I’m heading to London in March and was just thinking of heading in to have a look! My favourite thing about the series is that it looks at what makes us human. There’s a great book called ‘Ideas, from fire to Freud,’ of which I’ve only read the first chapter, which looks at a similar issue when discussing what ‘man’s first idea’ actually was. There’s basically a debate over whether it was tools or language but the discussion of where the difference between humans and animals is fascinating. And much better than the presenter of this show who said it was ‘making things.’
    The presenter made an interesting point about how the show is in fact an extension of the museum because it aims to do the exact things which museums were set up to do, i.e. bring history to people through the arrangement of artefacts. I think some museums who really understand the point of the museum and their public, not just school tours, are increasingly innovating to address this.
    But I do love museums so I might be biased.
    Lean

  3. Linda Shine Says:

    Well if you like that BBC Radio 4 offering you should try the current season of Making History, which is also broadcast on BBC Radio 4 and which I have been podcasting. It is connected to the ‘A History of the World’ project, but instead of discussing objects from the British Museum it discusses some of the objects uploaded by members of the public onto their Digital Museum. Its aim is to explore ordinary people links with the past, but it also uses these personal histories to cast light on wider event or themes in history. One such object was a fur coat that belonged to the Northern Ireland Granny of one of the contributing historians (who was at pains to point out that she didn’t supporting the use of fur). Sixteen pockets had been sown onto the inside of this coat during World War II, so that this enterprising future grandmother could smuggle food across the border from the Republic of Ireland into Northern Ireland. She would head off on the train to Dublin in the morning as a slim woman and return looking quite stout. This personal history seemed pretty pertinent to me at a time when people from the Republic of Ireland are still flocking to Northern Ireland in search of bargains.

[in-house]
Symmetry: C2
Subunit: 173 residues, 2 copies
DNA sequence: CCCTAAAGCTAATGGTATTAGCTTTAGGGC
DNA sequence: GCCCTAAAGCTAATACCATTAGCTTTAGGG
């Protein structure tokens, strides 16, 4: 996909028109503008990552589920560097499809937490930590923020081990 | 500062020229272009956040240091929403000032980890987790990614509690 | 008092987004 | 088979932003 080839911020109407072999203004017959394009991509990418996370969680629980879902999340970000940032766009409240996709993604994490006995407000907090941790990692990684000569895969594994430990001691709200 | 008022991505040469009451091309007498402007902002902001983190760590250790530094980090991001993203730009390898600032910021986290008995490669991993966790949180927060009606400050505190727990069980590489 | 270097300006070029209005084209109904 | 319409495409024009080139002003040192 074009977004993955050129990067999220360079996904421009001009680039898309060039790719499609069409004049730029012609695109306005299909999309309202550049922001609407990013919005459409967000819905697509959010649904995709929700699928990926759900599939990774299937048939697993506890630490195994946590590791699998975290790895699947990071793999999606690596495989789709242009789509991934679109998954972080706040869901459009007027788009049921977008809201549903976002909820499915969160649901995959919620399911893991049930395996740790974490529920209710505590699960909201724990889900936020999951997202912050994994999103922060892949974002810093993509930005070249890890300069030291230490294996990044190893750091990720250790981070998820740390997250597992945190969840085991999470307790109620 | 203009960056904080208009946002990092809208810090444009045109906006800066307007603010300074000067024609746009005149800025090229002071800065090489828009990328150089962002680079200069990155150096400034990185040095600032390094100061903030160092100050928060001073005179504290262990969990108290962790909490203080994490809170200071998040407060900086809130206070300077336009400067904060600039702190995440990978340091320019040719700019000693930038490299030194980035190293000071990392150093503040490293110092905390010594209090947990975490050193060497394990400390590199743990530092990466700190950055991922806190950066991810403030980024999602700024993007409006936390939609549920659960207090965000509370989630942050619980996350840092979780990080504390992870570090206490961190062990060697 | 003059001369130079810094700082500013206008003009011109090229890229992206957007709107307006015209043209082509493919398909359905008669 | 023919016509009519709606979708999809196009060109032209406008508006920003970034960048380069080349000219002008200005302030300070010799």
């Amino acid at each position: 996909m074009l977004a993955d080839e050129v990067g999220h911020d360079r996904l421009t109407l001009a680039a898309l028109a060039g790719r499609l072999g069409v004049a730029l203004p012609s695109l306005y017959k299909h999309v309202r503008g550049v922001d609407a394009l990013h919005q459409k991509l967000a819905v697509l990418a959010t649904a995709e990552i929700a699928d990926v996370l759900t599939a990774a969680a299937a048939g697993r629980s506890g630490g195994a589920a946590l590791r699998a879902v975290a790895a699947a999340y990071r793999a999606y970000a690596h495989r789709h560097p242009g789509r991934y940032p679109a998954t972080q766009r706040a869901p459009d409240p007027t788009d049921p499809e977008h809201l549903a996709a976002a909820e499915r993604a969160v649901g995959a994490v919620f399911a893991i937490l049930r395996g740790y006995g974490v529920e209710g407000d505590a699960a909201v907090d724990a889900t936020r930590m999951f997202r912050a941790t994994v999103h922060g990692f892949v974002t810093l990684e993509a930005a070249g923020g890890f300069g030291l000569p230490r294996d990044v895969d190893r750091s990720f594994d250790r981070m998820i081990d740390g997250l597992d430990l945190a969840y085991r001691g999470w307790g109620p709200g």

Another history began with a canon ball found during road works in a small village in Kent, called Biddenden. This canon ball opened up a discussion of the role of iron working in this part of Kent from the Roman period until the later medieval period. The canon ball was also used to tell the story of an international arms trade in the later medieval period and an industrial revolution long before the official industrial revolution on Britain. The programmes are a mixed bag of periods and types of history, but the personal element helps to make them more immediate and tangible.

    As the histories explored in this programme are personal histories they generally manage to avoid the ethical pitfalls of artefacts that came from another country or culture. However, they do raise the question of whether objects that are found by chance by an individual should belong to them, as they do in Britain, or to the State, as they do in Ireland. If the recently uncovered Anglo-Saxon hoard had been found in Ireland and not in Britain the question of it being sold to a collection outside the State would never have arisen. However, the cooperation between metal detectorists and museums in Britain have led to very significant finds, but perhaps at the expense of their archaeological context.